Less than 10% of population of the UK is ready to make the move to a cashless society, according to ThisIsMoney. However businesses may find themselves at a competitive disadvantage by not offering their customers the ability to pay by credit or debit card. There is now almost an expectation that you will take card payment among millions of Britons.
When choosing a merchant services provider (the term given to businesses which allow clients to process debit or credit card payments), there are four important factors for directors to consider:
- monthly subscription fee (a fixed amount charged every month by a provider for their service regardless of transaction volume – not all providers require a monthly fee)
- transaction charges (this is normally a percentage amount for a credit card and a fixed fee for a debit card)
- the number of card types taken (AmEx is more expensive generally than other providers and that’s why many companies offer Visa and Mastercard but not AmEx)
- clearance time (the time taken for a transaction to appear in an account).
The merchant service provider marketplace is crowded with offers from traditional banks, established online giants, and fintech start-ups.
One of the very first fintech companies whose origins stretch back to the 1990s, PayPal, have announced a new service feature which they hope will give them a distinct competitive advantage on clearance time – a very important issue for many.
PayPal first really rose to prominence when it was acquired by eBay to facilitate payment from buyers to sellers on auctions using a credit or debit card. Prior to that point, buyers settled up with sellers via cheque or bank transfer. The ability to pay by card not only speeded up the process of the completion of a sale – it was also an instrumental factor in the mushrooming of transaction volumes through the eBay platform.
PayPal was spun off by eBay in 2015 under pressure from activist shareholders who believed that both eBay and PayPal would be worth more if they were separate businesses.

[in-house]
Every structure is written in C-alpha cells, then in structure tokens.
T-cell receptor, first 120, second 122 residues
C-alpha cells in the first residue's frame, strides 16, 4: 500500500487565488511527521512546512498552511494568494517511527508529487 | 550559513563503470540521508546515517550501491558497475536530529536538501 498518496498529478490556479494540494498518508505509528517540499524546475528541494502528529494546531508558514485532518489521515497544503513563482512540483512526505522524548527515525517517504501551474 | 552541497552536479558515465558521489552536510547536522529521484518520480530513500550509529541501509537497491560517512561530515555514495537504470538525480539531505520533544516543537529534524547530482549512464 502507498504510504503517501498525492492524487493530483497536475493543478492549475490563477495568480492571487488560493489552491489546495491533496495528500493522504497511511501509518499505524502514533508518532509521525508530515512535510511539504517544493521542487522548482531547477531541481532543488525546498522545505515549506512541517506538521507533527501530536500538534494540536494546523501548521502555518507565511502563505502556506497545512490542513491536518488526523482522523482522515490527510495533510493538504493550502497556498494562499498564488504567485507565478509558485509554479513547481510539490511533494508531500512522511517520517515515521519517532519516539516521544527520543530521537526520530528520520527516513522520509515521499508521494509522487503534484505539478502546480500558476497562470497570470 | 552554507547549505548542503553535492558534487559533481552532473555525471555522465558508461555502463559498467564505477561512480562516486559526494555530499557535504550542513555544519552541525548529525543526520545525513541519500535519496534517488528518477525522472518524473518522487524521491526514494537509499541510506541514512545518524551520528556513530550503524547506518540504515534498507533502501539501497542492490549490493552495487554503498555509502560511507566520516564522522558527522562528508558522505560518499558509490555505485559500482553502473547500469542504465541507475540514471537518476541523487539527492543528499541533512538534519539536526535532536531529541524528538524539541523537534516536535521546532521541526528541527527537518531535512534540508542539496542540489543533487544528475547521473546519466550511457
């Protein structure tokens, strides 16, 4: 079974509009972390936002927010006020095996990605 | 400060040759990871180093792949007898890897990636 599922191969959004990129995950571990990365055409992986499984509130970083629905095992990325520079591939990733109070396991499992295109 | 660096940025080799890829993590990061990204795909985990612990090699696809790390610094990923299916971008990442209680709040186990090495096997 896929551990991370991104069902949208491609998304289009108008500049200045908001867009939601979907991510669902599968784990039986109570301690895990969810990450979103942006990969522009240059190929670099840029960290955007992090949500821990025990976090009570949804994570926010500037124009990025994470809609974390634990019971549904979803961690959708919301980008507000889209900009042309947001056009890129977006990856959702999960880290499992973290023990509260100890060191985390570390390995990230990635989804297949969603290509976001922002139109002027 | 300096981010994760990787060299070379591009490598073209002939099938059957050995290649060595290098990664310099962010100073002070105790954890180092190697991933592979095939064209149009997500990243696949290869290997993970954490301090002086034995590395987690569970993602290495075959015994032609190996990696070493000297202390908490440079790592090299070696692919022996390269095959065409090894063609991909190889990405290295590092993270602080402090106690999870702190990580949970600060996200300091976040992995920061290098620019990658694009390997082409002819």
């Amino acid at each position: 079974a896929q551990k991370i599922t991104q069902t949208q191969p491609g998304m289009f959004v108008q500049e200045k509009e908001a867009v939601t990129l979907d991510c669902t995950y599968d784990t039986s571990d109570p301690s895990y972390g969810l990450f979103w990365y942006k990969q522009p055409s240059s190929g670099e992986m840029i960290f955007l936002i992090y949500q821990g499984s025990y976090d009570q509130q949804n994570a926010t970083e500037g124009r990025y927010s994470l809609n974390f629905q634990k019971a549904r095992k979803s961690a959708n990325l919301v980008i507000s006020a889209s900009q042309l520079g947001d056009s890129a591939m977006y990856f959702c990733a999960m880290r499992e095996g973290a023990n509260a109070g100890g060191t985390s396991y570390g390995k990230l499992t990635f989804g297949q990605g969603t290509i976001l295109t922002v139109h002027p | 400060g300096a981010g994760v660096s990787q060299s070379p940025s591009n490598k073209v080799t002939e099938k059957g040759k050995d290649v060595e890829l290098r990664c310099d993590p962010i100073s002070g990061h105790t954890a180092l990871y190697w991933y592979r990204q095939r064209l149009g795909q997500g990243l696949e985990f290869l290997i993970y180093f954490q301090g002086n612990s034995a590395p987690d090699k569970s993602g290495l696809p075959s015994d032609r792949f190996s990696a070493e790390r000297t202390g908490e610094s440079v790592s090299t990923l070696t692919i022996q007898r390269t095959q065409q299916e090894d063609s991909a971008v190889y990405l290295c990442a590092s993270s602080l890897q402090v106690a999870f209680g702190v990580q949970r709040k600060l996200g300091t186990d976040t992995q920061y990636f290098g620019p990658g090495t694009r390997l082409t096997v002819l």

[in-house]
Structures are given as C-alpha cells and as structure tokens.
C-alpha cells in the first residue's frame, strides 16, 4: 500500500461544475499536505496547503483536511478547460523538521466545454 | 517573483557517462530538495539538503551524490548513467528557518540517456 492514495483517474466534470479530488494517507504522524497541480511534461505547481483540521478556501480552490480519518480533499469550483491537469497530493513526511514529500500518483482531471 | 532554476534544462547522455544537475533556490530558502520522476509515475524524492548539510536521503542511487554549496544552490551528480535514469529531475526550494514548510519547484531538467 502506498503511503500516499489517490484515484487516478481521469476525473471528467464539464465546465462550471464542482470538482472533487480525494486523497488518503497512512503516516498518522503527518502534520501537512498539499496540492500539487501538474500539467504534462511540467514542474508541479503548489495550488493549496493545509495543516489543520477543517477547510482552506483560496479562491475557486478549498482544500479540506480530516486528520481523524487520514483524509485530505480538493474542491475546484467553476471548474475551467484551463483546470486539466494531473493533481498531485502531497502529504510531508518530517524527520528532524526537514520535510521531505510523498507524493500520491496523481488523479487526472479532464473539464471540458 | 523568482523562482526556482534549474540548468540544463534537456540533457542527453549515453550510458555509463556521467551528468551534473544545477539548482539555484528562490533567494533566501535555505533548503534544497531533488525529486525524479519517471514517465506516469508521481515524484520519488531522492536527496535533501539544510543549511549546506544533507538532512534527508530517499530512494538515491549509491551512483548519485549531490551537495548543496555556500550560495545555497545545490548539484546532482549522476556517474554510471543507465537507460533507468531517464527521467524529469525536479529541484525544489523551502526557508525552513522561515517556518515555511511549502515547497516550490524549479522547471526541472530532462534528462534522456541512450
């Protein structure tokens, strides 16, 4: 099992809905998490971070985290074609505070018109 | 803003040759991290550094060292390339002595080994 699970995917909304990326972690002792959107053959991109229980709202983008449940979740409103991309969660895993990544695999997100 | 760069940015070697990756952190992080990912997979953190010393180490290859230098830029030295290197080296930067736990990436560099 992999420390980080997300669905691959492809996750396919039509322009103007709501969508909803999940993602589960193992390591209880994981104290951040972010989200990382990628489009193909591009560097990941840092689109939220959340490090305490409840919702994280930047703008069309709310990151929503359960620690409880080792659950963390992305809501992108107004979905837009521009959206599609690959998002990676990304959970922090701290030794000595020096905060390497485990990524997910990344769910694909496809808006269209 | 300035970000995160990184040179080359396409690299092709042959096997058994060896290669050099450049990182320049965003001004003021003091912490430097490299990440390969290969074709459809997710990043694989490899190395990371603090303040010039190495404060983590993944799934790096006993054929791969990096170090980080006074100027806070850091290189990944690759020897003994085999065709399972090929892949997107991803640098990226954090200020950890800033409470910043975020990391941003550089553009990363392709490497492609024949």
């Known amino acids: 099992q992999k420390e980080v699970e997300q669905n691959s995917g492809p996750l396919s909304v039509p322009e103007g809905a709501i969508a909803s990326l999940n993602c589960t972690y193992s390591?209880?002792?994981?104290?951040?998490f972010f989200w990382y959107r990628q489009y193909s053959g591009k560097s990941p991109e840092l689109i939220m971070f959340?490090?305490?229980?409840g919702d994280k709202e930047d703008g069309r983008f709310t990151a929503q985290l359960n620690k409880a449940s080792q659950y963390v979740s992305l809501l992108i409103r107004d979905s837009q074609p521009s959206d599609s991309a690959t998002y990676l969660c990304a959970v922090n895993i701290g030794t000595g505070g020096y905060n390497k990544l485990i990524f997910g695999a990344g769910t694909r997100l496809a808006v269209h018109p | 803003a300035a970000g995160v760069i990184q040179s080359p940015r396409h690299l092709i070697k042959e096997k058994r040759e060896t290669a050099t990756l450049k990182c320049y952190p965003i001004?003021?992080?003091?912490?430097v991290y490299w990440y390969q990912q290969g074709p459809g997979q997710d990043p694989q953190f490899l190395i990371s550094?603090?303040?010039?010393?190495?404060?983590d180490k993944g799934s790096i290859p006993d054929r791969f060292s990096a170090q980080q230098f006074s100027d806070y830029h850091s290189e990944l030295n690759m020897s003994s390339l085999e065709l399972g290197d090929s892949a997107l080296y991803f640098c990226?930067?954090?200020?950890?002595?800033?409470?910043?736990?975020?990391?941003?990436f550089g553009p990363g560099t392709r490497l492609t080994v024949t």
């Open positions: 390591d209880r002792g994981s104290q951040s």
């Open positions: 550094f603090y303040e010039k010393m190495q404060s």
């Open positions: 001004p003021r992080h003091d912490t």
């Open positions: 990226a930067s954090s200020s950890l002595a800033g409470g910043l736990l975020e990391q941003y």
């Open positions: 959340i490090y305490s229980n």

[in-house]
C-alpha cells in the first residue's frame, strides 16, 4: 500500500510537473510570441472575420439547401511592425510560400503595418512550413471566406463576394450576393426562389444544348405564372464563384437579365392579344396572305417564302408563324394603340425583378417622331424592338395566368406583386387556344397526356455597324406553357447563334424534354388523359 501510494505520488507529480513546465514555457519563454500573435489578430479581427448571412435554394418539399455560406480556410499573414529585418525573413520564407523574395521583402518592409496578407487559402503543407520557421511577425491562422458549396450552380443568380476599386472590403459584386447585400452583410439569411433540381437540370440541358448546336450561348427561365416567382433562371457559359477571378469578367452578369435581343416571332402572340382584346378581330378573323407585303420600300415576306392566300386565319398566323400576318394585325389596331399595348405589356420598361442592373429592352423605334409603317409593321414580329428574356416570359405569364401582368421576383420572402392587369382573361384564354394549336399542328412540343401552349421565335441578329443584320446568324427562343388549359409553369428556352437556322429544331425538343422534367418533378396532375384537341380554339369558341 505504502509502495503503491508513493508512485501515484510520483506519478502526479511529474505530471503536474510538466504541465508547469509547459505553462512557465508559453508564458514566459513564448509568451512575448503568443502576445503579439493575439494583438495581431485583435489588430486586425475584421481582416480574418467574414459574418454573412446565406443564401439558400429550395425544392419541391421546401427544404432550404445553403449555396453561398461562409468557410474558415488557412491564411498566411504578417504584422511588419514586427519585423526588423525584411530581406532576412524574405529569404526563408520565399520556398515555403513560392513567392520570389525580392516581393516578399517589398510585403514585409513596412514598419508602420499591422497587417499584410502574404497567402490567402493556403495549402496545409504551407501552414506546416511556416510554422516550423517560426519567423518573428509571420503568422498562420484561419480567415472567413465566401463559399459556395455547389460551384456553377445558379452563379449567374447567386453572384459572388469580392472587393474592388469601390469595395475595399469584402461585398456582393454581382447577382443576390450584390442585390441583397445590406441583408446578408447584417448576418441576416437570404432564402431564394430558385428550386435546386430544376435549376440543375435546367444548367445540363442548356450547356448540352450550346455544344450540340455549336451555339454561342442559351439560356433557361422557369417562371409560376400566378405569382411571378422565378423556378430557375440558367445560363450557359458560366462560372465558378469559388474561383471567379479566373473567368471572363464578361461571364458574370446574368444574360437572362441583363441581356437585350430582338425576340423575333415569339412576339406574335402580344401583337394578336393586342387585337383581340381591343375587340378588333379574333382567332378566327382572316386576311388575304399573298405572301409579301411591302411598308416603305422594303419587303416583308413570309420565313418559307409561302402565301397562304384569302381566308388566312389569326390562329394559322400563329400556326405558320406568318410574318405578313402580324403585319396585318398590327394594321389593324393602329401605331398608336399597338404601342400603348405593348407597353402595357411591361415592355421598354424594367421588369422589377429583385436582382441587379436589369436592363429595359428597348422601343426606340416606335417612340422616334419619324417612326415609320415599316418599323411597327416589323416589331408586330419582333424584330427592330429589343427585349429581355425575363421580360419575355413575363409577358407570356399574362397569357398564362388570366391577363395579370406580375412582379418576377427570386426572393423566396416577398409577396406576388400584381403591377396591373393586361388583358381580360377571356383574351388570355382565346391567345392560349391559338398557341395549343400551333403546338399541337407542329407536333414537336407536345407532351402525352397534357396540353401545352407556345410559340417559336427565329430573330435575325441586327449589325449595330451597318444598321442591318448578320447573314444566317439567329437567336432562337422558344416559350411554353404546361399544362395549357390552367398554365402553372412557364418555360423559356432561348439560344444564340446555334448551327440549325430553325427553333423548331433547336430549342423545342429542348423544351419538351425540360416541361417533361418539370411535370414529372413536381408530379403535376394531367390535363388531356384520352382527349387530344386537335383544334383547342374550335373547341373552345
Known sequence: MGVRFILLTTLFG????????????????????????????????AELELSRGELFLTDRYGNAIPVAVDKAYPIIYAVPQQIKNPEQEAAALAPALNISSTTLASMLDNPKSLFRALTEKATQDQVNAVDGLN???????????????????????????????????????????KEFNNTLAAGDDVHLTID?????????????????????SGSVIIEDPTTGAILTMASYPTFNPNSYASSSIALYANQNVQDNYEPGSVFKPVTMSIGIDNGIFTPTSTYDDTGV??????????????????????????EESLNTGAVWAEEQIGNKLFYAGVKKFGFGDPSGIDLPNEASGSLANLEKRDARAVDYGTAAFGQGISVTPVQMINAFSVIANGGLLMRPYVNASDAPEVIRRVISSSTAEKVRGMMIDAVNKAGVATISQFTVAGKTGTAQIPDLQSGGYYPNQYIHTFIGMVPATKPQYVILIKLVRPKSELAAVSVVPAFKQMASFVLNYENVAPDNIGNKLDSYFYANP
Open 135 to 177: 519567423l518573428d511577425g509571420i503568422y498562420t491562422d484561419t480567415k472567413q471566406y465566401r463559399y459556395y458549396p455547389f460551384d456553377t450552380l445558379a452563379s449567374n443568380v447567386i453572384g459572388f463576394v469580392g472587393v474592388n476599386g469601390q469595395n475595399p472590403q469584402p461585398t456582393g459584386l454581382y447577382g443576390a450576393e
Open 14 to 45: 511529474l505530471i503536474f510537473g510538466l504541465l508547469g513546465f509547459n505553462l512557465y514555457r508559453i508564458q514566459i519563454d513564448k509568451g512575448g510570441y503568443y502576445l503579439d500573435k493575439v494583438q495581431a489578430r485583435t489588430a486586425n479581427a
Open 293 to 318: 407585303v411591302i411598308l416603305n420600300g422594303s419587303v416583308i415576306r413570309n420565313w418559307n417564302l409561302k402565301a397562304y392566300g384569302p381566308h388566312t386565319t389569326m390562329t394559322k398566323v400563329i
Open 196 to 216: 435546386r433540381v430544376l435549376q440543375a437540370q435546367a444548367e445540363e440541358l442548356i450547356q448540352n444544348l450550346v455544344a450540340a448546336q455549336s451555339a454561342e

PayPal have, since the spin-off, been actively looking to increase its visibility in the marketplace by offering more traditional services including instore card terminals and 4G-connected mobile readers. Part of the move to diversify has been prompted by a feeling that, since the split, eBay would eventually drop PayPal as its sole transaction process – a move it actually took in February 2018.
In September 2018, PayPal announced its latest promotion, “Funds Now”.
According to PayPal, Funds Now “gives you access to the money from your completed sales in your PayPal account faster than ever (within seconds)”.
In a blog post, PayPal Chief Operating Officer Bill Ready wrote "In the world of payments, funding delays of seven to 21 days for small businesses have been far too common...Those funding delays hinder the ability of small businesses to invest back into their businesses, pay their bills, and serve their customers".
According to TechCrunch, the delay in receiving payments makes business “less inclined to transact” online.
Who can use Funds Now?
Sellers with “good standing” are eligible to join the service, specifically those who have held an account for 6 or more months and those with a low number of claims or disputes against their account.
PayPal will automatically notify those who are eligible for the service – it’s not something you can apply for.
PayPal will also transfer payment in cases where there is a dispute between a seller and a buyer. If PayPal decide on behalf of the buyer, they will deduct the disputed amount from a future funds transfer.
Is there a charge?
There are no additional fees to pay for Funds Now in addition to the standard transaction fees.
Offering clients the option of paying by credit or debit card makes the process of doing business with you much easier. However, you have to be prepared to pay the transaction charges which will reduce your gross profit per sale.Call us on 01235 768 561 or drop us an email to email@example.com to talk to us about merchant services providers and the pros and cons of accepting card payment for your business.